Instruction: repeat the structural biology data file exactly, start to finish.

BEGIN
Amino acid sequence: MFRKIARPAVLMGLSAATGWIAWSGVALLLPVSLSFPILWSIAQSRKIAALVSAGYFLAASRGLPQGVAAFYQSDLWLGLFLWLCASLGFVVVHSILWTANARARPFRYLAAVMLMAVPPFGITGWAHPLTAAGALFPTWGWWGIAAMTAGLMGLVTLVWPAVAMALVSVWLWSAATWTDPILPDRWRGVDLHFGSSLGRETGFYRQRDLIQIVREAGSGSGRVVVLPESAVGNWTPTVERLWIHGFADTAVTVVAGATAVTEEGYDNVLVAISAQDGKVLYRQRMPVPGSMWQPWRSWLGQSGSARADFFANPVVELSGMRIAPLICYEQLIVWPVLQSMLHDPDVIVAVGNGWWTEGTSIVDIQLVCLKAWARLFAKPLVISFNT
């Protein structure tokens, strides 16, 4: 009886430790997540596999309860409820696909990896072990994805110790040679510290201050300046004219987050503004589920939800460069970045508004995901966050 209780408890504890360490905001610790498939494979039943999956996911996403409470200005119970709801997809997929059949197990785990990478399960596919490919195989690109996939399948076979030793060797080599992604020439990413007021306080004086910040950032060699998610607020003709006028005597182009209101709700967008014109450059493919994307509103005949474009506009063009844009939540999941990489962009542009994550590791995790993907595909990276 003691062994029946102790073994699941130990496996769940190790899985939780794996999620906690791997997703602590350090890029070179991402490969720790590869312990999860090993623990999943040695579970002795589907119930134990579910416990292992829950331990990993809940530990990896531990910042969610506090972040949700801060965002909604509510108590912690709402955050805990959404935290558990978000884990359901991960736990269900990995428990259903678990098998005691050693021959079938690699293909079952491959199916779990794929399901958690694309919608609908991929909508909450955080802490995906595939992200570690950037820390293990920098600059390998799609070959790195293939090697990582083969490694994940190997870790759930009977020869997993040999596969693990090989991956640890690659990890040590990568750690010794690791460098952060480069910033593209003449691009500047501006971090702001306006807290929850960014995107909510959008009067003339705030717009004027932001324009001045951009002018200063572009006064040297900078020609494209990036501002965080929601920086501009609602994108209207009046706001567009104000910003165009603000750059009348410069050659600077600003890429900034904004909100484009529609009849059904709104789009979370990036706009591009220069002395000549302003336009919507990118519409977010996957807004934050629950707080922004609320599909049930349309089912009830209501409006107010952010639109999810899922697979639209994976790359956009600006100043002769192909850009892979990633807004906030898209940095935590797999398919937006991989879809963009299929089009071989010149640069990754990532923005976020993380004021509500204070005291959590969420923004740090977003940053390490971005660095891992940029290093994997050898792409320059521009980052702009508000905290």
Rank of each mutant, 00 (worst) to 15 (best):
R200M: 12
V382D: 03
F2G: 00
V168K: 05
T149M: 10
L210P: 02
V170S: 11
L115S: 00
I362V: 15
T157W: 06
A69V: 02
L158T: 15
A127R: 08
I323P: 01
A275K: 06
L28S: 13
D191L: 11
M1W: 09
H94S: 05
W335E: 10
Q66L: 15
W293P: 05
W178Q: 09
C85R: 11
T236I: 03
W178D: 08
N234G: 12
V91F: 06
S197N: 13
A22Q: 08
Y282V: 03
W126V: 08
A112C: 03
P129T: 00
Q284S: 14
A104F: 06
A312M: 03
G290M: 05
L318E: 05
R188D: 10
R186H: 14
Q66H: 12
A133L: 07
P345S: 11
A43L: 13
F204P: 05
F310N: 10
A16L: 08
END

Amino acid sequence: MFRKIARPAVLMGLSAATGWIAWSGVALLLPVSLSFPILWSIAQSRKIAALVSAGYFLAASRGLPQGVAAFYQSDLWLGLFLWLCASLGFVVVHSILWTANARARPFRYLAAVMLMAVPPFGITGWAHPLTAAGALFPTWGWWGIAAMTAGLMGLVTLVWPAVAMALVSVWLWSAATWTDPILPDRWRGVDLHFGSSLGRETGFYRQRDLIQIVREAGSGSGRVVVLPESAVGNWTPTVERLWIHGFADTAVTVVAGATAVTEEGYDNVLVAISAQDGKVLYRQRMPVPGSMWQPWRSWLGQSGSARADFFANPVVELSGMRIAPLICYEQLIVWPVLQSMLHDPDVIVAVGNGWWTEGTSIVDIQLVCLKAWARLFAKPLVISFNT
């Protein structure tokens, strides 16, 4: 009886430790997540596999309860409820696909990896072990994805110790040679510290201050300046004219987050503004589920939800460069970045508004995901966050 209780408890504890360490905001610790498939494979039943999956996911996403409470200005119970709801997809997929059949197990785990990478399960596919490919195989690109996939399948076979030793060797080599992604020439990413007021306080004086910040950032060699998610607020003709006028005597182009209101709700967008014109450059493919994307509103005949474009506009063009844009939540999941990489962009542009994550590791995790993907595909990276 003691062994029946102790073994699941130990496996769940190790899985939780794996999620906690791997997703602590350090890029070179991402490969720790590869312990999860090993623990999943040695579970002795589907119930134990579910416990292992829950331990990993809940530990990896531990910042969610506090972040949700801060965002909604509510108590912690709402955050805990959404935290558990978000884990359901991960736990269900990995428990259903678990098998005691050693021959079938690699293909079952491959199916779990794929399901958690694309919608609908991929909508909450955080802490995906595939992200570690950037820390293990920098600059390998799609070959790195293939090697990582083969490694994940190997870790759930009977020869997993040999596969693990090989991956640890690659990890040590990568750690010794690791460098952060480069910033593209003449691009500047501006971090702001306006807290929850960014995107909510959008009067003339705030717009004027932001324009001045951009002018200063572009006064040297900078020609494209990036501002965080929601920086501009609602994108209207009046706001567009104000910003165009603000750059009348410069050659600077600003890429900034904004909100484009529609009849059904709104789009979370990036706009591009220069002395000549302003336009919507990118519409977010996957807004934050629950707080922004609320599909049930349309089912009830209501409006107010952010639109999810899922697979639209994976790359956009600006100043002769192909850009892979990633807004906030898209940095935590797999398919937006991989879809963009299929089009071989010149640069990754990532923005976020993380004021509500204070005291959590969420923004740090977003940053390490971005660095891992940029290093994997050898792409320059521009980052702009508000905290």
Rank of each mutant, 00 (worst) to 15 (best):
R200M: 12
V382D: 03
F2G: 00
V168K: 05
T149M: 10
L210P: 02
V170S: 11
L115S: 00
I362V: 15
T157W: 06
A69V: 02
L158T: 15
A127R: 08
I323P: 01
A275K: 06
L28S: 13
D191L: 11
M1W: 09
H94S: 05
W335E: 10
Q66L: 15
W293P: 05
W178Q: 09
C85R: 11
T236I: 03
W178D: 08
N234G: 12
V91F: 06
S197N: 13
A22Q: 08
Y282V: 03
W126V: 08
A112C: 03
P129T: 00
Q284S: 14
A104F: 06
A312M: 03
G290M: 05
L318E: 05
R188D: 10
R186H: 14
Q66H: 12
A133L: 07
P345S: 11
A43L: 13
F204P: 05
F310N: 10
A16L: 08